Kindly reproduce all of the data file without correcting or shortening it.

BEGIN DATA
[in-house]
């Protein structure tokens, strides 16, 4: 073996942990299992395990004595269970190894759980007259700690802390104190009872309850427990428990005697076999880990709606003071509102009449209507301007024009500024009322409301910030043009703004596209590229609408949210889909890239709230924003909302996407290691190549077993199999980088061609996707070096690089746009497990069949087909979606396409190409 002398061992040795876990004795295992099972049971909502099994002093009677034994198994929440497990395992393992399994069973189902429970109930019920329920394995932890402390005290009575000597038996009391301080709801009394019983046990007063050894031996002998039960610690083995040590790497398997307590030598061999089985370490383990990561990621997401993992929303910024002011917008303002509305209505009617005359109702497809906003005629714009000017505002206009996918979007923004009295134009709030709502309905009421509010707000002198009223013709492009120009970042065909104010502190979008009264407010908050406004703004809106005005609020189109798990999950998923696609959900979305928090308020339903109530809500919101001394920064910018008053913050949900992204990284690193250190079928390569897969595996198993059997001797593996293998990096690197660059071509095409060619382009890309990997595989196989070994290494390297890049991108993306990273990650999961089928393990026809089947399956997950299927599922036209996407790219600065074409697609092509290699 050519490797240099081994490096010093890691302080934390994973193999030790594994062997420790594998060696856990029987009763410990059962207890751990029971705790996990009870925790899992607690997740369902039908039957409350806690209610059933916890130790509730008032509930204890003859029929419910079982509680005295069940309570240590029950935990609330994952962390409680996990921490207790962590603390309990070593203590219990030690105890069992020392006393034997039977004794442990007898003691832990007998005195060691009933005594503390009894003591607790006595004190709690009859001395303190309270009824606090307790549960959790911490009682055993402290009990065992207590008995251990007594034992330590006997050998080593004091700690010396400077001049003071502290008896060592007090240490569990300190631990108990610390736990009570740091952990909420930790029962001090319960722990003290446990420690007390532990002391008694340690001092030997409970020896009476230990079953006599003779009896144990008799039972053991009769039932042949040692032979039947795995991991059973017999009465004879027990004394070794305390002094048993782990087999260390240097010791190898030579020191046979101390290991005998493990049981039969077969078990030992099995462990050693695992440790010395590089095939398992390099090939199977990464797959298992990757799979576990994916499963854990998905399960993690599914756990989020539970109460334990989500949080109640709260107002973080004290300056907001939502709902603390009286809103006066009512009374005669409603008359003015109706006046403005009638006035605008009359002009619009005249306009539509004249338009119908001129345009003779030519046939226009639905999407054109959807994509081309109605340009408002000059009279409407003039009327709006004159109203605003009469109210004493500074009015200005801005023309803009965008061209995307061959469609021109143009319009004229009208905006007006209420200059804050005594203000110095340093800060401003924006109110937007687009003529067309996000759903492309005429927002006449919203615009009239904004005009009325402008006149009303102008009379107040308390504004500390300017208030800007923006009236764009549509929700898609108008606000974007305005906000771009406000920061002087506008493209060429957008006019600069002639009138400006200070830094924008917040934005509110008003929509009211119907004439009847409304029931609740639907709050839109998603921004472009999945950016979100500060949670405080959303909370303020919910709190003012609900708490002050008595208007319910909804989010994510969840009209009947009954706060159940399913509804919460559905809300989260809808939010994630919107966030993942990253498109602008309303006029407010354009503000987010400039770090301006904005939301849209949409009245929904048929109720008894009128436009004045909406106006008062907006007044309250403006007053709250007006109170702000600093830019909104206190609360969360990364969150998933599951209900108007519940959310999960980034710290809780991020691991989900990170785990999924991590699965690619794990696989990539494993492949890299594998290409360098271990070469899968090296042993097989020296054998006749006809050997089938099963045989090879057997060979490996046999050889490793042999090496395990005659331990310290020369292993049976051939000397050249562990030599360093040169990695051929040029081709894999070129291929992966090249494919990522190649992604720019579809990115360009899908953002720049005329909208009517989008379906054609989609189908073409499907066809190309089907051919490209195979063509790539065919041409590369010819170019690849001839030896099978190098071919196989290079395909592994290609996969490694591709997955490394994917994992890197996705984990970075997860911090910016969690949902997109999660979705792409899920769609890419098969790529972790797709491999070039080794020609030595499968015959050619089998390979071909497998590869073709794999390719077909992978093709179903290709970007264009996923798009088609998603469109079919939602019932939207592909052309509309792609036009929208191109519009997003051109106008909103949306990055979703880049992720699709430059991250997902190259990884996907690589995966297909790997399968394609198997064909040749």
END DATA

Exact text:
[in-house]
């Protein structure tokens, strides 16, 4: 073996942990299992395990004595269970190894759980007259700690802390104190009872309850427990428990005697076999880990709606003071509102009449209507301007024009500024009322409301910030043009703004596209590229609408949210889909890239709230924003909302996407290691190549077993199999980088061609996707070096690089746009497990069949087909979606396409190409 002398061992040795876990004795295992099972049971909502099994002093009677034994198994929440497990395992393992399994069973189902429970109930019920329920394995932890402390005290009575000597038996009391301080709801009394019983046990007063050894031996002998039960610690083995040590790497398997307590030598061999089985370490383990990561990621997401993992929303910024002011917008303002509305209505009617005359109702497809906003005629714009000017505002206009996918979007923004009295134009709030709502309905009421509010707000002198009223013709492009120009970042065909104010502190979008009264407010908050406004703004809106005005609020189109798990999950998923696609959900979305928090308020339903109530809500919101001394920064910018008053913050949900992204990284690193250190079928390569897969595996198993059997001797593996293998990096690197660059071509095409060619382009890309990997595989196989070994290494390297890049991108993306990273990650999961089928393990026809089947399956997950299927599922036209996407790219600065074409697609092509290699 050519490797240099081994490096010093890691302080934390994973193999030790594994062997420790594998060696856990029987009763410990059962207890751990029971705790996990009870925790899992607690997740369902039908039957409350806690209610059933916890130790509730008032509930204890003859029929419910079982509680005295069940309570240590029950935990609330994952962390409680996990921490207790962590603390309990070593203590219990030690105890069992020392006393034997039977004794442990007898003691832990007998005195060691009933005594503390009894003591607790006595004190709690009859001395303190309270009824606090307790549960959790911490009682055993402290009990065992207590008995251990007594034992330590006997050998080593004091700690010396400077001049003071502290008896060592007090240490569990300190631990108990610390736990009570740091952990909420930790029962001090319960722990003290446990420690007390532990002391008694340690001092030997409970020896009476230990079953006599003779009896144990008799039972053991009769039932042949040692032979039947795995991991059973017999009465004879027990004394070794305390002094048993782990087999260390240097010791190898030579020191046979101390290991005998493990049981039969077969078990030992099995462990050693695992440790010395590089095939398992390099090939199977990464797959298992990757799979576990994916499963854990998905399960993690599914756990989020539970109460334990989500949080109640709260107002973080004290300056907001939502709902603390009286809103006066009512009374005669409603008359003015109706006046403005009638006035605008009359002009619009005249306009539509004249338009119908001129345009003779030519046939226009639905999407054109959807994509081309109605340009408002000059009279409407003039009327709006004159109203605003009469109210004493500074009015200005801005023309803009965008061209995307061959469609021109143009319009004229009208905006007006209420200059804050005594203000110095340093800060401003924006109110937007687009003529067309996000759903492309005429927002006449919203615009009239904004005009009325402008006149009303102008009379107040308390504004500390300017208030800007923006009236764009549509929700898609108008606000974007305005906000771009406000920061002087506008493209060429957008006019600069002639009138400006200070830094924008917040934005509110008003929509009211119907004439009847409304029931609740639907709050839109998603921004472009999945950016979100500060949670405080959303909370303020919910709190003012609900708490002050008595208007319910909804989010994510969840009209009947009954706060159940399913509804919460559905809300989260809808939010994630919107966030993942990253498109602008309303006029407010354009503000987010400039770090301006904005939301849209949409009245929904048929109720008894009128436009004045909406106006008062907006007044309250403006007053709250007006109170702000600093830019909104206190609360969360990364969150998933599951209900108007519940959310999960980034710290809780991020691991989900990170785990999924991590699965690619794990696989990539494993492949890299594998290409360098271990070469899968090296042993097989020296054998006749006809050997089938099963045989090879057997060979490996046999050889490793042999090496395990005659331990310290020369292993049976051939000397050249562990030599360093040169990695051929040029081709894999070129291929992966090249494919990522190649992604720019579809990115360009899908953002720049005329909208009517989008379906054609989609189908073409499907066809190309089907051919490209195979063509790539065919041409590369010819170019690849001839030896099978190098071919196989290079395909592994290609996969490694591709997955490394994917994992890197996705984990970075997860911090910016969690949902997109999660979705792409899920769609890419098969790529972790797709491999070039080794020609030595499968015959050619089998390979071909497998590869073709794999390719077909992978093709179903290709970007264009996923798009088609998603469109079919939602019932939207592909052309509309792609036009929208191109519009997003051109106008909103949306990055979703880049992720699709430059991250997902190259990884996907690589995966297909790997399968394609198997064909040749």